Everyday hero: Access to justice for Palestinian women

One in two women — half of women in Gaza who have ever been married have been subject to a form of violence in the home and a third of women from the West Bank have experienced violence at home, according to UN Women. Yet, 65.3% of women in the region who experienced domestic violence have chosen to remain silent.

A female police officer directs traffic in West Bank. ©UNDP PAPP

Through our Programme of Assistance to Palestinian People, UNDP, works with local NGOs, partners, and UN organizations to strengthen rule of law and increase women’s access to justice in the region.

We work with partners like Amal Siam, who is the Head of Women’s Affairs Center in the Gaza Strip.

©UNDP PAPP

“I hope I can resolve all women’s problems in the Gaza Strip. I want to give them and their families the dignity and society we all dream of and deserve. My work targets all forms of violence against women be it political, economic, social and domestic. We still live in a patriarchal world where women are seen as inferior to men. My message is clear. We say NO to all forms of violence against women; YES to a zero-violence environment; yes to a wide participation of women in all walks of life. As women, we see the potential of Palestinian national unity and the development of laws that support equality of both genders.”

Less than one percent (0.7%) of women trust in authorities and institutions for assistance. There are only four anti-violence shelters in the region, which serves 2.2 million women — half of the region’s population. Centers like the one that Amal heads, run by women, are the first point of entry for women who need help.

This April 2017, a One Stop Centre to assist survivors of violence was set up in Ramallah as part of a joint UN Women, UNDP and UNICEF programme. The 24-hour facility is the first of its kind. It provides various services that survivors of violence need — medical, legal aid, temporary shelter and police protection — all under one roof. Since April 2017, it has already served more than 400 women and juvenile survivors. (more information)

To increase protection for women, we strengthen rule of law. We work with partners like Lieutenant Colonel Wafa Muammar, who is the Head of the Palestinian Civil Police Family and Juvenile Protection Unit in Ramallah, located in the West Bank.

Together, we work to strengthen the capacity of Family Protection Units to respond better to cases of violence and recruit more women to become civil police officers, who are the front lines for reducing violence against women.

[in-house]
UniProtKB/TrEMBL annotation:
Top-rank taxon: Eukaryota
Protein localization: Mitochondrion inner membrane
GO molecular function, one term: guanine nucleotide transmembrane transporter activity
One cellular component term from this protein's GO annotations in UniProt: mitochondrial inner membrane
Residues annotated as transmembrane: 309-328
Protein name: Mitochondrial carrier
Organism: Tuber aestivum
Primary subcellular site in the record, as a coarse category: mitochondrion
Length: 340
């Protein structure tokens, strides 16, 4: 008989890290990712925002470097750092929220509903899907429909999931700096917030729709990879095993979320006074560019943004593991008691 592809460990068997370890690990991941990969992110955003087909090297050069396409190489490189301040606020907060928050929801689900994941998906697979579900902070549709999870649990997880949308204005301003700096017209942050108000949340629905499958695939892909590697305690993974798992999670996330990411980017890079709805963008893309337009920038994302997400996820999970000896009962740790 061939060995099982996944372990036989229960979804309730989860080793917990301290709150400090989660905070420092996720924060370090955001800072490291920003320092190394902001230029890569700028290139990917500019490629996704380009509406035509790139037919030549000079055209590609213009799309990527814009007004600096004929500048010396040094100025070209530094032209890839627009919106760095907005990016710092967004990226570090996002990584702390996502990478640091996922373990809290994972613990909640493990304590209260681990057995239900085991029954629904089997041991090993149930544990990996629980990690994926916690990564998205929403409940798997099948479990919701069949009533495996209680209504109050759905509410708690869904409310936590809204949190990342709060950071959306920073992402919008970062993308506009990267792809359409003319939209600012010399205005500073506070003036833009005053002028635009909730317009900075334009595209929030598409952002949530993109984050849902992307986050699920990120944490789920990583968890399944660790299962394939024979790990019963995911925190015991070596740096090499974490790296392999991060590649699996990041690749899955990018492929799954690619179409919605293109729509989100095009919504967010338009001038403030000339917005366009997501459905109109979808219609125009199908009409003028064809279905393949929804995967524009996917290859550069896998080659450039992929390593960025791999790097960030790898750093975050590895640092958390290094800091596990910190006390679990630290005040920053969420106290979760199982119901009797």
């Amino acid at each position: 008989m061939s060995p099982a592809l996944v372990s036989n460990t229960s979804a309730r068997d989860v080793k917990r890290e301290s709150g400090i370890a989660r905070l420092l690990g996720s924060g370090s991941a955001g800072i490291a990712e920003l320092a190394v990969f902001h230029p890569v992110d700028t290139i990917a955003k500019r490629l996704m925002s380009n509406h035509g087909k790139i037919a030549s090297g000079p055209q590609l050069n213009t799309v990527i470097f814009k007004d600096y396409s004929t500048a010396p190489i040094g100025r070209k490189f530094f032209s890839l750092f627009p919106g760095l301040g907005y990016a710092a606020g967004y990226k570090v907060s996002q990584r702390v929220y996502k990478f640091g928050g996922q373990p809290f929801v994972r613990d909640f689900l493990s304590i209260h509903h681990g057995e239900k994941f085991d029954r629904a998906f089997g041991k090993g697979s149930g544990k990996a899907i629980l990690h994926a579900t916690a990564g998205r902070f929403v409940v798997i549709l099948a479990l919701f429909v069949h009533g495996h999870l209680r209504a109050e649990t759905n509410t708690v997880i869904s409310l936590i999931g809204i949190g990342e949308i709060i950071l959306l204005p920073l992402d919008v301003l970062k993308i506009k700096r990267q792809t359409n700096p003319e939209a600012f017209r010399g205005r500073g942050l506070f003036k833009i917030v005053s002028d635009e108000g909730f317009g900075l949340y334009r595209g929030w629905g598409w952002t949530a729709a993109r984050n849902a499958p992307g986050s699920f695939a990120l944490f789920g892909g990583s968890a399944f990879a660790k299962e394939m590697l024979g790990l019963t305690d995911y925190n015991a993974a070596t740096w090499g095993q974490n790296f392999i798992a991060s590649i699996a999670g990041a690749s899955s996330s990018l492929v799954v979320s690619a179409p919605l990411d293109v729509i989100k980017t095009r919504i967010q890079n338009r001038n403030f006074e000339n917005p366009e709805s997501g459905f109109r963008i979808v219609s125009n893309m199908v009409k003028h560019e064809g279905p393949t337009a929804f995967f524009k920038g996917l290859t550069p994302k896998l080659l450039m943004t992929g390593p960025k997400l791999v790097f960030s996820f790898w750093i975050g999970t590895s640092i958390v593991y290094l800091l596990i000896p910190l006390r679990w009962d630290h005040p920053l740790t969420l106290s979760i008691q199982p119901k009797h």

©UNDP PAPP

There are no specific laws or provisions in Gaza and the West Bank that protect women against domestic violence and sexual violence. In the absence of specific laws, ten specialized Family Protection Units (FPU) operate in each of the ten districts of the West Bank — with a specific mandate to address violence against women and ensure the rule of law is upheld, according to UN Women.

“Being a mother of four, and the highest-ranking female officer in the Palestinian police force, an occupation predominantly considered a man’s profession continues to be a challenge. Violence is a global issue that needs to be addressed collectively at the national and international levels. Establishing legislation and practical measures that protect victims’ rights, raising awareness of the community to combat gender based violence are all ways of fighting it. My message is never be silent after an attack. Speak up because silence is the aggressor’s weapon that drives him to carry on with his aggression” — Lieutenant Colonel Wafa Muammar

Family protection centers are in high demand and often overstretched. Lieutenant Colonel Wafa Muammar and other law enforcement have their work cut out for them. They are expected to serve nearly 2.2 million women — half of the population.

The share of the population living in poverty is more than twice as high in Gaza as in the West Bank, where violence against women is also much higher than in the West Bank.

When a case arrives in court, it’s up to judges like Judge Iman Nasser Al Deen, Judge Supreme Court (presiding judge at Court of Cassation) in Ramallah, West Bank to deliver justice for survivors of violence.

“Through my career, I insisted to work in the judiciary to prove women’s efficiency in assuming such positions, to issue rulings in accordance with the law, to protect freedoms and human rights, and lay the principles of justice and equality before the law. One of the most significant challenges is changing stereotypes about how to deal with issues of violence against women, especially ones related to honor killings. We must work together to combat all negative beliefs that undermine women and their potential and ability to reach positions of power. These negative beliefs are contrary to the principles of human rights, Palestinian laws and the provisions of the Constitution.”


Story written by: Lei Phyu/ UNDP

Interviews and photos: Dania Darwish and the team at UNDP Programme of Assistance to the Palestinian People


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